Two authors who were among the fathers of Haskalah literature in Yiddish, Avraham Ber Gottlober (1811–1899) and Sholem Yankev Abramovitsh (Mendele Moykher-Sforim; 1835–1917), wrote about the ways in which Jews of Eastern Europe at the time of the reforms of Tsar Alexander II looked upon their non-Jewish neighbors. Gottlober wrote in Yiddish about the “goy”: “The balalaika is his fiddle / girls are his song / vodka is his wine / slabs of pork, his food” (from Der yid in Kiev; ca. 1860s–1870s).
Abramovitsh, by contrast, recounts in Hebrew how the first proponents of the Enlightenment regarded non-Jews: “In their thought burned love for all who dwell on earth; all human beings are brethren, whether or not they are members of the covenant” (Be-‘Emek ha-bakha’ [In the Vale of Tears]; published in installments between 1897 and 1909).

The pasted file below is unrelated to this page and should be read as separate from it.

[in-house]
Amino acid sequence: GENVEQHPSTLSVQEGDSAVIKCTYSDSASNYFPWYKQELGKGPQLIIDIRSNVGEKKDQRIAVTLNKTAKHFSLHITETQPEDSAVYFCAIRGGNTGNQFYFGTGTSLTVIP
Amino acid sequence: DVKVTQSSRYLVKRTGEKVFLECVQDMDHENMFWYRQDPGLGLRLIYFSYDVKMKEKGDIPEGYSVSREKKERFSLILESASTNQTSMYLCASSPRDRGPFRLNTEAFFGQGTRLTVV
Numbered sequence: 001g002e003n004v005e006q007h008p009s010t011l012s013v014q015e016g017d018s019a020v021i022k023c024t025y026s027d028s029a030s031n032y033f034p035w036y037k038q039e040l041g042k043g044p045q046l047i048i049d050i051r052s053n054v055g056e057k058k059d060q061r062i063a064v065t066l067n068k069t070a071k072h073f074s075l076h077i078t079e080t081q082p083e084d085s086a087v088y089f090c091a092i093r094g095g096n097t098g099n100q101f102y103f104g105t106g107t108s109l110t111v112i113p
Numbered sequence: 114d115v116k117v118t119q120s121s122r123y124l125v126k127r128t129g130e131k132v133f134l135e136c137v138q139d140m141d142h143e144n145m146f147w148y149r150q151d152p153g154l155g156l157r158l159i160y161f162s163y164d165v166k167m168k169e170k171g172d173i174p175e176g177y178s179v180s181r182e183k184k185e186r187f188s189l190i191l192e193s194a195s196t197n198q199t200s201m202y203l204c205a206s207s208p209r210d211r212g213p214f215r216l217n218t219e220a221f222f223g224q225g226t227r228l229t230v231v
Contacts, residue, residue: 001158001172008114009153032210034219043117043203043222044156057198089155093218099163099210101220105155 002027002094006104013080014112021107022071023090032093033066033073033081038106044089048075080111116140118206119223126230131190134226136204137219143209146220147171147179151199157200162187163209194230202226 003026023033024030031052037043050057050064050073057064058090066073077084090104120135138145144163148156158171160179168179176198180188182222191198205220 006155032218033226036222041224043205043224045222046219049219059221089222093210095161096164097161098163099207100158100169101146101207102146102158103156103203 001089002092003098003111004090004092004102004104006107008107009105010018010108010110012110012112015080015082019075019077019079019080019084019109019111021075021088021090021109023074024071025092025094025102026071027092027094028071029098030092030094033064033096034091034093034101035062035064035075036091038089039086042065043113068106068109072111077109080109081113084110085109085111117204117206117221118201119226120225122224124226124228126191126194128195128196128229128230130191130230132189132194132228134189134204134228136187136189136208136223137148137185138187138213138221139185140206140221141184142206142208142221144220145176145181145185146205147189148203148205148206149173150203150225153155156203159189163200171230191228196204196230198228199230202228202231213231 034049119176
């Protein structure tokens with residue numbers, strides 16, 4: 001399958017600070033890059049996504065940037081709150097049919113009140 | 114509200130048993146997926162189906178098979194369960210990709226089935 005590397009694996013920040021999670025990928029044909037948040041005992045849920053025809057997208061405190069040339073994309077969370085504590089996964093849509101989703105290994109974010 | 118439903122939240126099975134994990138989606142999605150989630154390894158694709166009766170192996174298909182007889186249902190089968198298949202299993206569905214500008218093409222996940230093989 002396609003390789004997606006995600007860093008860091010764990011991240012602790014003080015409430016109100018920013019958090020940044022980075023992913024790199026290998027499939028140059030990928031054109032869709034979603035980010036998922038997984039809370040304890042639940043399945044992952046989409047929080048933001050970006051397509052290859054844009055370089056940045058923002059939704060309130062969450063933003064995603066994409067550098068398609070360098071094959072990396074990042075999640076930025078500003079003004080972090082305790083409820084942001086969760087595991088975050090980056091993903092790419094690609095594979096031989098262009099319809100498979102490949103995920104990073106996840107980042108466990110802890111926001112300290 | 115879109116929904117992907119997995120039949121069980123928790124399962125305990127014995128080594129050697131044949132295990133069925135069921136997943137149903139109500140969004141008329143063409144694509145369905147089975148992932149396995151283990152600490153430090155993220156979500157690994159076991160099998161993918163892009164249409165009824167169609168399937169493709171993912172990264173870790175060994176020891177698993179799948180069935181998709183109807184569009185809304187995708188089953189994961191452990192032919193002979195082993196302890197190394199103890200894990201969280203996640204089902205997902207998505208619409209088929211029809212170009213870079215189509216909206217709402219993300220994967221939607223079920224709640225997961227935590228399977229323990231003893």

Daniel Leibel, one of the few writers who dealt with the representation of non-Jews in Yiddish literature, was well aware of the decisive influence of ethnic and ideological stereotypes on the literary depiction of the figure of the goy. In 1932 he wrote: “The ‘Goy’ is the Jew’s fate; he is a mass without individual outlines, his image is lit by the burning flame of war, revolution, pogroms, in flames of ancient fear that have not yet died down” (Leibel, 1932, p. 15).”